November has an interesting mix of saints, beginning with the feasts of All Saints and All Souls. A reminder that holiness is all around us, if we can see.
Every month there’s a feast of Mary. November 21th we remember her presentation in the temple, an ecumenical feast celebrated by churches of the east and the west. We ask Mary to help us be “worthy of the promises of Christ.”
Every month there’s a feast of an apostle. Andrew, the brother of Simon Peter, patron of the Greek Orthodox Church, is remembered at the end of this month. We remember Christians who are separated from us and ask that we be one. Let’s also draw closer to them.
November 3rd is the feast of St. Martin de Porres, a humble Dominican brother, who nursed the poor in Lima, Peru, in the 17th century.
On November 10th we remember St. Leo the Great, a pope who led the church and the Roman world in perilous times and brought hope for the future.
St. Martin of Tours, November 12, is especially remembered for his devotion to the poor. He gave half his cloak to a beggar, it’s said. As winter approaches he reminds us to care for the poor.
St. Francis Xavier Cabrini (November 13) championed the cause of immigrants. Another pressing issue we need to remember today. A beautiful statue of her was just unveiled recently in Battery Park, in New York City, where millions of immigrants came to our shores.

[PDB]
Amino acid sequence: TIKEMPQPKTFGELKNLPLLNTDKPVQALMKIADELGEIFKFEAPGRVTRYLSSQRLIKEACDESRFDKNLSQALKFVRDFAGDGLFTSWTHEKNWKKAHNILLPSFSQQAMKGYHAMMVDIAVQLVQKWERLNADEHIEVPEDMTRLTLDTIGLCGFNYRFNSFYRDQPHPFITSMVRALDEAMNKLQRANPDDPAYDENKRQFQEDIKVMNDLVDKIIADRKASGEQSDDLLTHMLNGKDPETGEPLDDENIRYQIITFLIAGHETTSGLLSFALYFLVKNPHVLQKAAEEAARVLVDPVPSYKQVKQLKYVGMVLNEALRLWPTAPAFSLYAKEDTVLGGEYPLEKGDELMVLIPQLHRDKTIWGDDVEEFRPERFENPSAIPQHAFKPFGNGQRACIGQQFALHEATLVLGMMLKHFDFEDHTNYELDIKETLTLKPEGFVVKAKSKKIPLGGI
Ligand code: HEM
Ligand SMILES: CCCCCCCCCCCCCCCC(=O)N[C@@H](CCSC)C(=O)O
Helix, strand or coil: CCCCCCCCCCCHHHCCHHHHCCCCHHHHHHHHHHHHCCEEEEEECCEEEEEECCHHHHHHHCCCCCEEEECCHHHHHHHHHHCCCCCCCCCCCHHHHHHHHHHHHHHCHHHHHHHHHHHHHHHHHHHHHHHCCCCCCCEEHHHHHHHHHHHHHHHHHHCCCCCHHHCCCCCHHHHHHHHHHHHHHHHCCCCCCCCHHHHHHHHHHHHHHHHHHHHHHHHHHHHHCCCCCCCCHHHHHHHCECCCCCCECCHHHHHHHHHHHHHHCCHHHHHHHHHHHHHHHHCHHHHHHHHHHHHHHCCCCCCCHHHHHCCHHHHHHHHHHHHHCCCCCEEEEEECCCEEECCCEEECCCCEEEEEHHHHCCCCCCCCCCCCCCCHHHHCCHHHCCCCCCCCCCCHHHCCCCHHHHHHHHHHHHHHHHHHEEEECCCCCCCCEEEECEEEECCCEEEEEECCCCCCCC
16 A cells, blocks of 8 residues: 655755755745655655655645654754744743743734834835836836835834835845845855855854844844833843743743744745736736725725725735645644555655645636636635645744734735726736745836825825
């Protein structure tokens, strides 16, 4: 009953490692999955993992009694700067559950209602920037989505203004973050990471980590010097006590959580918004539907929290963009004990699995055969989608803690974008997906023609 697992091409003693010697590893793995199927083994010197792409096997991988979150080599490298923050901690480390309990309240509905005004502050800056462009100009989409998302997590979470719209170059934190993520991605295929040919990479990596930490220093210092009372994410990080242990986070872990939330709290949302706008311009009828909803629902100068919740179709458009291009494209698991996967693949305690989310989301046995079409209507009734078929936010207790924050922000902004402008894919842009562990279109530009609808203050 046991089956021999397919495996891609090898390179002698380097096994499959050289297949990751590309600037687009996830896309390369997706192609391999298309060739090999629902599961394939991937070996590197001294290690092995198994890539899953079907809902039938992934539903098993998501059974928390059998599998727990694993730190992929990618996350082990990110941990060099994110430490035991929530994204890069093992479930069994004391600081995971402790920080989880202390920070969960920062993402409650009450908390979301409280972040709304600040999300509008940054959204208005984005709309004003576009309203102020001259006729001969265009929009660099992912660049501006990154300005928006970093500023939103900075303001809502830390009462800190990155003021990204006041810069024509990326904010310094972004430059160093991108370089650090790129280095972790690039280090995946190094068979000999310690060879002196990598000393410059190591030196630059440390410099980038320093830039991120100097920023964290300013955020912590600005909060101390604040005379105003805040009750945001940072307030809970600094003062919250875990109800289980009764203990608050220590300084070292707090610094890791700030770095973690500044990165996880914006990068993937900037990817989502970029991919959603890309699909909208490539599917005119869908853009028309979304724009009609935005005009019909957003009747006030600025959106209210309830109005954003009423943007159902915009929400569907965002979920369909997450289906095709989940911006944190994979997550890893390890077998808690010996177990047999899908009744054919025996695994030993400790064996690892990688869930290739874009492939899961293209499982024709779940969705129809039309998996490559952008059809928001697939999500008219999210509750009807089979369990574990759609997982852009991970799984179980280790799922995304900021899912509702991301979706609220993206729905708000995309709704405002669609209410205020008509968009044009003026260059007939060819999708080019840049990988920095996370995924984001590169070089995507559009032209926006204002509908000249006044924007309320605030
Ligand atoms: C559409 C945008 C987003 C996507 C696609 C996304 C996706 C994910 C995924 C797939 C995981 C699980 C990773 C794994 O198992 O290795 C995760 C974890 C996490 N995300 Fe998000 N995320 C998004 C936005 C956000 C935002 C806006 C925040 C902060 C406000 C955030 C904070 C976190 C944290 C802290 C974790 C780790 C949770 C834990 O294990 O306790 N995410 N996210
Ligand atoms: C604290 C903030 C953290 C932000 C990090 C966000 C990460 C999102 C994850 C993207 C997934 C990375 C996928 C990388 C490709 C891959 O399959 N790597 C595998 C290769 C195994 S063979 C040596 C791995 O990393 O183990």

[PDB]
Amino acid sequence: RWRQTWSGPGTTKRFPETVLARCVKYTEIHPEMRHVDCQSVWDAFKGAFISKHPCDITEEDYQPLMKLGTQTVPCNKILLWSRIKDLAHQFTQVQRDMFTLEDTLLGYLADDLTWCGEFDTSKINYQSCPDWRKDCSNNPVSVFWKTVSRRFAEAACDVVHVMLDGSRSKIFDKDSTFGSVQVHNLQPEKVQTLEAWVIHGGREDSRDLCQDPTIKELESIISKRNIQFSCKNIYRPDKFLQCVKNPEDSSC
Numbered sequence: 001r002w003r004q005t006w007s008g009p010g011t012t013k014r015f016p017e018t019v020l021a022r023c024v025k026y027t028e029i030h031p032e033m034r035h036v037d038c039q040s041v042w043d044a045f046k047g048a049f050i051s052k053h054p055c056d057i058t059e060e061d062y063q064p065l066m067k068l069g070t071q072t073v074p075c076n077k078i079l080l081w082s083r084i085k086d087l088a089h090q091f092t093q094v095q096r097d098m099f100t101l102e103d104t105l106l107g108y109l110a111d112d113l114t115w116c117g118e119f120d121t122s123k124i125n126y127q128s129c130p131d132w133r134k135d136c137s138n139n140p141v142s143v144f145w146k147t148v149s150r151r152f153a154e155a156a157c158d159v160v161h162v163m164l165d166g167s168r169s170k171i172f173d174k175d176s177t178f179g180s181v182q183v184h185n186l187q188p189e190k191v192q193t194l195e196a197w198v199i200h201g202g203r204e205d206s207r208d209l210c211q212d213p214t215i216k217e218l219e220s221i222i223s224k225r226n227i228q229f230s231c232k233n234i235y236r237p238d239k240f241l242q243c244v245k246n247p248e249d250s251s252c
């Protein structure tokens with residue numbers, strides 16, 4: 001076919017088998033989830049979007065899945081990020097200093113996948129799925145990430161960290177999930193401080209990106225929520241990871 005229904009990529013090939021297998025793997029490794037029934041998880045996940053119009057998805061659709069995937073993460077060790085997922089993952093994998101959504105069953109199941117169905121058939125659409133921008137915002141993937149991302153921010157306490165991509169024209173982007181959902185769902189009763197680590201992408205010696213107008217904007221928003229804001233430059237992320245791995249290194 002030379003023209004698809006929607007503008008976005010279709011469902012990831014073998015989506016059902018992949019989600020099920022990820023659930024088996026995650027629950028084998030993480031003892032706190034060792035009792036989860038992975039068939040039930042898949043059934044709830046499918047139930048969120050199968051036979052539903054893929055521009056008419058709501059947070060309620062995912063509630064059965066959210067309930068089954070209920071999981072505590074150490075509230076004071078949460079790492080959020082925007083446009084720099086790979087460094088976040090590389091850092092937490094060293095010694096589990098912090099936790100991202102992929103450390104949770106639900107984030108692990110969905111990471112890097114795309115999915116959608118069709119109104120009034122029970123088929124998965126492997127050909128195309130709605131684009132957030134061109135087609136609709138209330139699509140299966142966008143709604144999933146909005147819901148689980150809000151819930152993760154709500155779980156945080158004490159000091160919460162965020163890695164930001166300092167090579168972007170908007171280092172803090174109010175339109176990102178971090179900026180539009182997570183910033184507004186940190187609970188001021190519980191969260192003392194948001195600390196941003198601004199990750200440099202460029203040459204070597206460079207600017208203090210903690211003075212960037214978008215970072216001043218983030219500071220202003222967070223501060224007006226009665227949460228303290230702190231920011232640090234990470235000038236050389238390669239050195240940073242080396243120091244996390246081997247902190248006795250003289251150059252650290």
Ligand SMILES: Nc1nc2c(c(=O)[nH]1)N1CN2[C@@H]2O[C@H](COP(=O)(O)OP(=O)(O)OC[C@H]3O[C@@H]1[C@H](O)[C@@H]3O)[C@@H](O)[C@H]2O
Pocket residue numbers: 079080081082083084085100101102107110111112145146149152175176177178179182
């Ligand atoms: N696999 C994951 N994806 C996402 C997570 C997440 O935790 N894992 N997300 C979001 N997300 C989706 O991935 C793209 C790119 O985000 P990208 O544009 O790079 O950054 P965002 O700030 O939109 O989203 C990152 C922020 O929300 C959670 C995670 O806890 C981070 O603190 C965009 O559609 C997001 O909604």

St. Josaphat (November 14) was a Catholic bishop who tried to bring about unity between the eastern and western churches. He was killed in a religious dispute in 1683. He saw feasts and traditions we shared as a way to draw together. Good example to follow
We remember St. Clement of Rome November 23rd, the 3rd successor of St. Peter, who dealt with the changing church of his day and new structures in church leadership–from apostles to bishops to popes. Changes in church leadership seem to be taking place today, don’t they? Can Clement help us to handle them?
The calendar through the year brings us, month by month, men and women from all times and places, saints who faced the challenges of their day. They have a wisdom to pass on to us. We should listen to their song.